Daily Express

Guar­an­teed ... state pen­sion rise of 2.5%

- By Macer Hall Po­lit­i­cal Ed­i­tor

A BILL in Par­lia­ment will to­day avert a state pen­sion freeze next year and ful­fil the Gov­ern­ment’s triple- lock elec­tion pledge.

A slump in earn­ings this sum­mer due to the coro­n­avirus cri­sis would oth­er­wise lead to a zero rise in pen­sion pay­ments from next April.

Work and Pen­sions Sec­re­tary Therese Cof­fey will in­tro­duce a tech­ni­cal Bill to al­low for a pen­sion rise of at least 2.5 per cent.

She said yes­ter­day: “The Gov­ern­ment has worked hard to pro­tect all age groups dur­ing the pan­demic, strengthen­ing the wel­fare safety net, in­tro­duc­ing fur­lough and in­come pro­tec­tion schemes, as well as sup­port­ing those who have lost their jobs back into work. It is only right, then, that we also en­sure pen­sion­ers can see their in­comes pro­tected as we build back bet­ter.

“In these dif­fi­cult times, I want to give pen­sion­ers peace of mind about their fi­nan­cial health.”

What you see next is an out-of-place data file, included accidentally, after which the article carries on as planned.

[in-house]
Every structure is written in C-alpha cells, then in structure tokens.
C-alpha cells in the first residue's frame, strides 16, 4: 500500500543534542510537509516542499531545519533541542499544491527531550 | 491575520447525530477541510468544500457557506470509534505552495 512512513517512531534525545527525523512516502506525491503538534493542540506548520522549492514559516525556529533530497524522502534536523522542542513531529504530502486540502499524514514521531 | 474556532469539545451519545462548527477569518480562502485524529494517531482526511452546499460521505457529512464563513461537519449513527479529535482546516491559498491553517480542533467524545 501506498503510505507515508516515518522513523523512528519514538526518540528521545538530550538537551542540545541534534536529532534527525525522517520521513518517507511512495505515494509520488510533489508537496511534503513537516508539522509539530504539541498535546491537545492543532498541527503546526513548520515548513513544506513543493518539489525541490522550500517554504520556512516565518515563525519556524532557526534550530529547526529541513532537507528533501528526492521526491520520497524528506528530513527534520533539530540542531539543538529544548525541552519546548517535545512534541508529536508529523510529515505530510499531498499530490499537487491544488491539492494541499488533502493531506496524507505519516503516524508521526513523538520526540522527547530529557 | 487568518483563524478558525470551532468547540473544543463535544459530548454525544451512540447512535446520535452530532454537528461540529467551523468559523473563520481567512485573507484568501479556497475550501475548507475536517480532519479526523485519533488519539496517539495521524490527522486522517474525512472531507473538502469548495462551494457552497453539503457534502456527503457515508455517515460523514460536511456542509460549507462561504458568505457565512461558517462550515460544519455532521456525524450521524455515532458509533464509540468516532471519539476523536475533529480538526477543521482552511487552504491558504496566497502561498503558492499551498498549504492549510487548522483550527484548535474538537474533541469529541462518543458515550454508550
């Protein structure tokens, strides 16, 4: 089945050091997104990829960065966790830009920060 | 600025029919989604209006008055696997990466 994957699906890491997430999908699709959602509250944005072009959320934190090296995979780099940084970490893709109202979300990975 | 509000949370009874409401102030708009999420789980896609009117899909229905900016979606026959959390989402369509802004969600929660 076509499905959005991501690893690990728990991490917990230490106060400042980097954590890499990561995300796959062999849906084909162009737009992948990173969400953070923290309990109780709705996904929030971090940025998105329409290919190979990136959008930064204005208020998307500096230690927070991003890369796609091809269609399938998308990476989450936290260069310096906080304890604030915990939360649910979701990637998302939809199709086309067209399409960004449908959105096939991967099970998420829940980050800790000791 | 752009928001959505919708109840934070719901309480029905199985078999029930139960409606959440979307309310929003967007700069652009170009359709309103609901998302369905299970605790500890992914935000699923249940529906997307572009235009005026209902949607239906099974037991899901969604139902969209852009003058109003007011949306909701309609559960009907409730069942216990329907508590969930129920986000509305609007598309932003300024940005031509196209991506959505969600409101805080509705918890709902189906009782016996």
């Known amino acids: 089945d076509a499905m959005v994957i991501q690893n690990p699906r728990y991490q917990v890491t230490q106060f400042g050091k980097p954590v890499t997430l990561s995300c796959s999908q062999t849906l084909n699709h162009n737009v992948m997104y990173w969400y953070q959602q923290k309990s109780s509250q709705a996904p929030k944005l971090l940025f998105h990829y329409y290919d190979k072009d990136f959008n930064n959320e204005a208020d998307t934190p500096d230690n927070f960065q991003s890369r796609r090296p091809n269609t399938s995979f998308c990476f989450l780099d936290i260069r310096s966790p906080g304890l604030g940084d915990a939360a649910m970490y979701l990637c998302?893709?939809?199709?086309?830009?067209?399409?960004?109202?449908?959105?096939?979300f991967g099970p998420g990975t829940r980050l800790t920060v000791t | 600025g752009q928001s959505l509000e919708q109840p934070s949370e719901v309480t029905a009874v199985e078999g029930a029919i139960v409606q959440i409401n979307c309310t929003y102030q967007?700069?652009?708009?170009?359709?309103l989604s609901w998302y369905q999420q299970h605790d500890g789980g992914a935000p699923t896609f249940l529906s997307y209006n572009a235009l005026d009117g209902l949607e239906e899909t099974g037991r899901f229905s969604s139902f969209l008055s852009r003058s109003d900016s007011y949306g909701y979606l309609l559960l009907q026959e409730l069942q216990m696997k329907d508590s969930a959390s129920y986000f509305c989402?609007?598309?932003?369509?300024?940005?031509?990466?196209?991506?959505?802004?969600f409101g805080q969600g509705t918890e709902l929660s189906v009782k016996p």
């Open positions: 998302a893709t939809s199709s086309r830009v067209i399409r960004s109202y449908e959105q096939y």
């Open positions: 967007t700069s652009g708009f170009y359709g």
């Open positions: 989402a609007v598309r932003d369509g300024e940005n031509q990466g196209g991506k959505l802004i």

Un­der the Gov­ern­ment’s triple- lock pledge, the state pen­sion rises each year by the high­est in­crease out of av­er­age earn­ings, con­sumer prices or a min­i­mum of 2.5 per cent.

Cur­rent White­hall rules peg the pen­sion rise each April to av­er­age earn­ings in the pe­riod be­tween May and July in the pre­vi­ous year.

But of­fi­cials ex­pect a slight fall in av­er­age wage growth dur­ing the three- month pe­riod this year.

Of­fice for Na­tional Statis­tics data showed av­er­age weekly earn­ings fell by 1.2 per cent dur­ing May. It would mean a pen­sion freeze un­less the law is changed to en­sure in­fla­tion or the min­i­mum 2.5 per cent fig­ure is used in­stead.

Ms Cof­fey’s So­cial Se­cu­rity ( Up- Rat­ing of Ben­e­fits) Bill is de­signed to en­sure the Gov­ern­ment can stick to the triple- lock pledge.

Her move comes in spite of spec­u­la­tion that the pen­sion triple- lock could be tem­po­rar­ily sus­pended or even scrapped to help the Trea­sury claw back cash af­ter more than £ 190bil­lion was spent on emer­gency pan­demic mea­sures, send­ing this year’s Trea­sury deficit soar­ing to about £ 350bil­lion.

Chan­cel­lor Rishi Su­nak is un­der­stood to be press­ing Prime Min­is­ter Boris John­son to let him aban­don the Tory man­i­festo in his next Bud­get.

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